Monthly Archives: August 2013

Human Risk 4: Steve Ballmer, The Decline Of Microsoft

This is the fourth in a series of articles on Human Risk. The first three can be found here, here and here.

Microsoft CEO Steve Ballmer, who took over from Bill Gates in 2000, recently announced that he will be resigning within 12 months. The fact that Microsoft’s shares jumped almost 8% on the news is testament to the widely held belief that Ballmer is primarily responsible for the decline of Microsoft relative to its much nimbler rivals such as Google and Apple.

By some estimates as much as $24 billion was added to the market value of Microsoft on Ballmer’s announcement. This is proof, if ever any was needed, that culture and risk are twin sides of the same coin. The only question is; what if any, were the specific cultural issues that caused one of the most important organisations in modern history to decline in value and competitiveness? Continue reading

Human Risk 3: Why Banks, Organisations Must Rethink Their Approach

This is the third in a series of articles on Human Risk. The first two can be found here and here.

It is commonly acknowledged that a primary cause of the last financial crisis was the poor culture and values within the banking industry—superstar bosses with big egos, greed and the failure to challenge management have all been identified as having played a major role. This assertion has been supported with reference to the likes of Fred Goodwin of RBS, Dick Fuld of Lehman Brothers and Stan O’Neal of Merrill Lynch who have all been named in Time magazine’s list of 25 People to Blame for the Financial Crisis.

If personal skills and attributes were indeed a major cause of the financial crisis then we must conclude that the failure of HR was as much to blame as the failure of traditional risk management. Continue reading

Risk Culture: Accountants, Auditors Should Be Leaders Not Police Officers

 This article was originally written for and included in the ACCA Quarterly Newsletter for Financial Services, AB.Direct.

What is the risk culture of an institution? When assessing the economic and competitive sustainability of an organisation, is it good enough to focus solely on the risk culture? Continue reading

JP Morgan Whale Trade Investigation

 It would seem that the authorities are taking a very close look ay JP Morgan’s $6.2 billionn derivative loss. The issue appears to be that pressure was placed on the trader to mismark the portfolio and the risk and pricing parameters adjusted accordingly. The folowing article from Bloomberg outlines the issues: London Whale Resurfaces in Potential US JP Morgan Case.

However, the article from the website Zero Hedge is a bit more detailed. It includes references to to the Congressional report on JP Morgan and why the bank may have been in breach of the Volcker rule.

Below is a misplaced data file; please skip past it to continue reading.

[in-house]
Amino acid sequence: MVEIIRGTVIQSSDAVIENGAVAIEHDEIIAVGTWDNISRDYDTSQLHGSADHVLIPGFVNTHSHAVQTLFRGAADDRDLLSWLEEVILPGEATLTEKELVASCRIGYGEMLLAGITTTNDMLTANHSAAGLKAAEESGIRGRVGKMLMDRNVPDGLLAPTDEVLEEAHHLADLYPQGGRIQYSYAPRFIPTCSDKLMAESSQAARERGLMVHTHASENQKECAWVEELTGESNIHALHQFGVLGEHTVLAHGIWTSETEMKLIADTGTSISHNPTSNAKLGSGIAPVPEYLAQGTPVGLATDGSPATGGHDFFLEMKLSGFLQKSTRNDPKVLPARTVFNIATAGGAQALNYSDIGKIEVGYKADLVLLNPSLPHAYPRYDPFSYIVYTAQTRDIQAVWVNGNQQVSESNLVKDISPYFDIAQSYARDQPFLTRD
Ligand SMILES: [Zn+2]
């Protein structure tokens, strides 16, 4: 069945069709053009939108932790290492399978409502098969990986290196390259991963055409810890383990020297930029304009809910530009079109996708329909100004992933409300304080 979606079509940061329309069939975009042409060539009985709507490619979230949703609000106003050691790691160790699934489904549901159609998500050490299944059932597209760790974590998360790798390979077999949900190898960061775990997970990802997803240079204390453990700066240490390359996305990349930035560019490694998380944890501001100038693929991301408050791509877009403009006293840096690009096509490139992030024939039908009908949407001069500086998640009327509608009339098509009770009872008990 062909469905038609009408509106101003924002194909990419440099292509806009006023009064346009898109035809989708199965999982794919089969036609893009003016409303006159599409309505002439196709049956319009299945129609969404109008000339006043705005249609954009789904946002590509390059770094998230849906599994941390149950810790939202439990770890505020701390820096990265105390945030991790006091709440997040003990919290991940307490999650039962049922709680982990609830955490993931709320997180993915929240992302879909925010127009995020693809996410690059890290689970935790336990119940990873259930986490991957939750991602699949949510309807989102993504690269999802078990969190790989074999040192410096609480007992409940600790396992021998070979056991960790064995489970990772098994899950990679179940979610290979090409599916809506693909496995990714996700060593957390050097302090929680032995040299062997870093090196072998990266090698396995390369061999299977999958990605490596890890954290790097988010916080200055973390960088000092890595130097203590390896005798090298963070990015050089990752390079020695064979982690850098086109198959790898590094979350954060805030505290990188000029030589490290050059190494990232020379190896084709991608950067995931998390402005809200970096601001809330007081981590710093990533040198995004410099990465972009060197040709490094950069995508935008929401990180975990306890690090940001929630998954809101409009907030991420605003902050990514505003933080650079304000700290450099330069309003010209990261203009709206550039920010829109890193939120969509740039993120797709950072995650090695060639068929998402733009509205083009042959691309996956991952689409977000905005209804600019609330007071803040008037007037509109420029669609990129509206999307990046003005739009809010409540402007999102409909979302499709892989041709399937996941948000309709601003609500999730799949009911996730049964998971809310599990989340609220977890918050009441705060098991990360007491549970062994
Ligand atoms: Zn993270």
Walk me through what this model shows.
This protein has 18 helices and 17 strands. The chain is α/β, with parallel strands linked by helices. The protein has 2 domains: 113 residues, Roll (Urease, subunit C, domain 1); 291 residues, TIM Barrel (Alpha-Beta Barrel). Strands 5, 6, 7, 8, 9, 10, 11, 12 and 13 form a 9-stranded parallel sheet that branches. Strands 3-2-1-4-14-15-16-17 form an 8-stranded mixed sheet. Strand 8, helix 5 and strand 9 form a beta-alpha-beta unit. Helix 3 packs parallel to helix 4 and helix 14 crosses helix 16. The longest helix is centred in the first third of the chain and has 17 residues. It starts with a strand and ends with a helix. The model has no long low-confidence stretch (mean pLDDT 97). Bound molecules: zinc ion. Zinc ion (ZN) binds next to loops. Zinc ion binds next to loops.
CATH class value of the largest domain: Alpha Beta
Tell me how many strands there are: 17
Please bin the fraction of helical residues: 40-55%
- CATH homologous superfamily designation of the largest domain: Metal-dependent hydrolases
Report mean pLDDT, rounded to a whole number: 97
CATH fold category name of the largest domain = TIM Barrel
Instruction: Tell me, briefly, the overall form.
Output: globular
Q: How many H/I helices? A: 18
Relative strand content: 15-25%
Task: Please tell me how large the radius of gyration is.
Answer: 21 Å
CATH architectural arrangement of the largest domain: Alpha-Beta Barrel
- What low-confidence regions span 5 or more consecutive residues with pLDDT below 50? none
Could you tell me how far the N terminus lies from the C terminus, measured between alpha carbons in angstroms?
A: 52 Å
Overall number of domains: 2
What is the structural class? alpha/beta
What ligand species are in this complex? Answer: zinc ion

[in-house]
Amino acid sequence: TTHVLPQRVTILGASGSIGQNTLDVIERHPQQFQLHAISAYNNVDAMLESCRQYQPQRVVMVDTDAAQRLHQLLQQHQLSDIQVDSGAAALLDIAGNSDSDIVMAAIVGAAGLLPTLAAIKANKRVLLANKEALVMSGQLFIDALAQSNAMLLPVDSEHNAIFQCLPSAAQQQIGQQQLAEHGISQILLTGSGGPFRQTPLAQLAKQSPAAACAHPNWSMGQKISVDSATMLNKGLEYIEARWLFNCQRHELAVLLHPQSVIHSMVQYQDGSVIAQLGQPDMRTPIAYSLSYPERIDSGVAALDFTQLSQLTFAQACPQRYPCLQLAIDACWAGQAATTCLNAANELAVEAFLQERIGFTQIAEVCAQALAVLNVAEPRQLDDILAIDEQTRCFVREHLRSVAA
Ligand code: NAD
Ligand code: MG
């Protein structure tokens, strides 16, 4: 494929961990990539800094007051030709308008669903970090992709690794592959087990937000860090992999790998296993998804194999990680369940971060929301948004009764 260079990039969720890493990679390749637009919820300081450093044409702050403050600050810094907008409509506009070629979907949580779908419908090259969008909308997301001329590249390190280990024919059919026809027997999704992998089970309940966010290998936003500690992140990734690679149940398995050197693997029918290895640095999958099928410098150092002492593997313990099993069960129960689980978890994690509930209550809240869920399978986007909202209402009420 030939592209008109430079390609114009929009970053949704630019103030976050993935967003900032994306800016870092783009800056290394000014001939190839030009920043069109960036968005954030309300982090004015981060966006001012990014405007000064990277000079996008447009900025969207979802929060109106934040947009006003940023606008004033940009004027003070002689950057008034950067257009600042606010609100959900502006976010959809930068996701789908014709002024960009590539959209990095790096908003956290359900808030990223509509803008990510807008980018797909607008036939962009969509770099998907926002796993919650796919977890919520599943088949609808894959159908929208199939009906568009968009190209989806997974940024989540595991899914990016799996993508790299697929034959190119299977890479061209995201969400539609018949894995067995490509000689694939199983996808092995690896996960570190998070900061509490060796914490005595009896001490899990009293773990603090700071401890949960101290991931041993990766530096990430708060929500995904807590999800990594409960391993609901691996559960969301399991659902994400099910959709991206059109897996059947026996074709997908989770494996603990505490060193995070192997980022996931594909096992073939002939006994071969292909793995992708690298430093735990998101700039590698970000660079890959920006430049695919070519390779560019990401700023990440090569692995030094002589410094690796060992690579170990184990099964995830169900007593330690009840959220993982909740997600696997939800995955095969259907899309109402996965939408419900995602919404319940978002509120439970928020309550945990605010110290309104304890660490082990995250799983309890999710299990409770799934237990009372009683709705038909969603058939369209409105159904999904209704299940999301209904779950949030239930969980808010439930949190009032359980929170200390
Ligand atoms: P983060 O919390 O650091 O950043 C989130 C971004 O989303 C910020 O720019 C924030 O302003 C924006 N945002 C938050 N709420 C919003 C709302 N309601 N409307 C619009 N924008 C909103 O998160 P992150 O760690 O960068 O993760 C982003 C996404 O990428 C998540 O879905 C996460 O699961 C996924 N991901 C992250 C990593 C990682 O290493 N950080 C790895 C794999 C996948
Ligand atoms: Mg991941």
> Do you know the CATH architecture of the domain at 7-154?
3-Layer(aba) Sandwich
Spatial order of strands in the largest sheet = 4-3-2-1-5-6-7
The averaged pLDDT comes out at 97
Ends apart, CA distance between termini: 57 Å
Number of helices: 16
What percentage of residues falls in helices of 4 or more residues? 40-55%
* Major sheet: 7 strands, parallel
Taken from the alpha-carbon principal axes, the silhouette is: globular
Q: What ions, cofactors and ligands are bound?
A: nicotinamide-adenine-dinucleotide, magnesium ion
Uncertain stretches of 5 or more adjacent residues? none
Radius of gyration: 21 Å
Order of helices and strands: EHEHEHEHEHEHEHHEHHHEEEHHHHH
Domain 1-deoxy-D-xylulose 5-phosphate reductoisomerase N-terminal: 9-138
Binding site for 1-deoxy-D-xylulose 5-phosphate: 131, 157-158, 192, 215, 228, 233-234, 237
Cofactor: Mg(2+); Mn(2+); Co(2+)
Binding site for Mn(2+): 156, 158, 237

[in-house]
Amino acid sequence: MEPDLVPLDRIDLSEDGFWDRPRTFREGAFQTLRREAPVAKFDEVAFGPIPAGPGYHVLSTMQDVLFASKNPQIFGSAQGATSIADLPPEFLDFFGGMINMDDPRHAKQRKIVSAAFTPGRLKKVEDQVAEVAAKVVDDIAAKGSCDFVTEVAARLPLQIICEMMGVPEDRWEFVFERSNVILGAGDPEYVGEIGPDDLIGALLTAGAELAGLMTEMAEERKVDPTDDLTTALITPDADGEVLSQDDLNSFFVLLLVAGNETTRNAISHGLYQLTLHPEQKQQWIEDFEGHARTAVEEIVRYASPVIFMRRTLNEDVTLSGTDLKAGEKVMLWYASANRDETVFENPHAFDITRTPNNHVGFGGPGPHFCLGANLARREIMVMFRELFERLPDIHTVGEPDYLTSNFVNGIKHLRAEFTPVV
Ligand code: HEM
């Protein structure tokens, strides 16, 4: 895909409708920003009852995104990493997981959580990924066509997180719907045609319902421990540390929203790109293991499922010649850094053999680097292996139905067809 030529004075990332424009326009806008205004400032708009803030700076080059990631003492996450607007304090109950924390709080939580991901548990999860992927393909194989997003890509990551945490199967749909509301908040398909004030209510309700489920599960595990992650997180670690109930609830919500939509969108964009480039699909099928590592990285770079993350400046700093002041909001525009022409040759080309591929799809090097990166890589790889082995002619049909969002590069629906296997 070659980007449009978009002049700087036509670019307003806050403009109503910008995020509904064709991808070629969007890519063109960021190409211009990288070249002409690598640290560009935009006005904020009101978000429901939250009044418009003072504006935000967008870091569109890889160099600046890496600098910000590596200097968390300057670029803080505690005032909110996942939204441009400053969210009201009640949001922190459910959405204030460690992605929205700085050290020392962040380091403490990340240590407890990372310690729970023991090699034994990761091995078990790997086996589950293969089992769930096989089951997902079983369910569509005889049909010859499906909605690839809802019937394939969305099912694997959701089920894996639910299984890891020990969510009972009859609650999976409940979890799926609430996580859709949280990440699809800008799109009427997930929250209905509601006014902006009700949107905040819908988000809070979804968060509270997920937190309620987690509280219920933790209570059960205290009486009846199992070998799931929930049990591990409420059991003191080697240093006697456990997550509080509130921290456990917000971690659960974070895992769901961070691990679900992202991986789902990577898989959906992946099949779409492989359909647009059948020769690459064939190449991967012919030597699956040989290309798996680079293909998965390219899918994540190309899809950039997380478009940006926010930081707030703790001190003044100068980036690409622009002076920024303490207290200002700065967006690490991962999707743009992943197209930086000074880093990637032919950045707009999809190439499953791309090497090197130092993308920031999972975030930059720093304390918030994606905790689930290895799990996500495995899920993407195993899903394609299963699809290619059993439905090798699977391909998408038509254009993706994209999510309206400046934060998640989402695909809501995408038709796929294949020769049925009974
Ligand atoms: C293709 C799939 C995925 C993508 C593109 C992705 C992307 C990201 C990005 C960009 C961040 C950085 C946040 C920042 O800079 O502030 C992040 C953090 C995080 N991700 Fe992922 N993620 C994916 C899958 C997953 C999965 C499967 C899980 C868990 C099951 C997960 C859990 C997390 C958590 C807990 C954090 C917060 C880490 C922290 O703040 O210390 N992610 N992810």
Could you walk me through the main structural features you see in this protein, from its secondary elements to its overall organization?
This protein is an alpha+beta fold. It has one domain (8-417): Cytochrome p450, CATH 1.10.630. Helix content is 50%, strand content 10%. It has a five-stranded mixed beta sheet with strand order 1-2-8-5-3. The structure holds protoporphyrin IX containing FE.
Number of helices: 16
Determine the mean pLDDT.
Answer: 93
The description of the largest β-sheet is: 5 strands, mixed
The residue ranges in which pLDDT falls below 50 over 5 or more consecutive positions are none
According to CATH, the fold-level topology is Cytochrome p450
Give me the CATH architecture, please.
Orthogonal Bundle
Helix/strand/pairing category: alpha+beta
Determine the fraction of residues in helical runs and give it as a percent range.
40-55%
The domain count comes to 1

Jonathan Ledwidge is the author of the book Clearing The Bull, The Financial Crisis And Why Banks Need A Human Transformation (iUniverse).

How Race, Xenophobia Are Defining American Democracy

The following is the third in a series of articles on democracy. The first article, on the Arab Spring can be found here and the second article on the EU can be found here.

During the 1980s, despite his hawkish attitude towards the Soviet Union and his placement of US nuclear missiles in Europe, President Ronald Reagan reached agreement on the reduction of nuclear weapons with Soviet leader Mikhail Gorbachev. Some historians say that Reagan’s challenge to the Soviet system was one of the reasons for the downfall of communism.

Fast forward to December 2012 where the US Senate fails to muster the two-thirds majority required for ratifying the UN Convention on the Rights of Persons with Disabilities. They failed because Republicans feared the Tea Party would go against them for making deals with the UN, a “foreign power”.

It is a sad statement on the state of democracy in America today—those who claim to be Reagan’s followers have no clue as to how his legacy was developed. It is all a testament to the role race and xenophobia are playing in the political gridlock that is today’s American democracy. Continue reading

Human Risk 2: A Much Bigger Risk Than Most People Think

Human Risk 2:  A Much Bigger Issue Than Most People Think

This is the second in a series of articles on Human Risk. The first can be found here.

It has been one week since the first article on human risk and the feedback has been more than interesting. Some believe that the management of human risk begins and ends with recruitment, retention and promotion, the traditional HR view of human risk. Others acknowledge that human risk goes beyond HR considerations but also believe that managing process risk is way more important than managing human risk.

This article will emphatically illustrate why both these assertions are wrong. Continue reading

Human Risk: The Bond Salesman That Wasn’t

No sooner had I launched a series of articles on Human Risk, the first of which can be accessed here, than I find this amazing story: Continue reading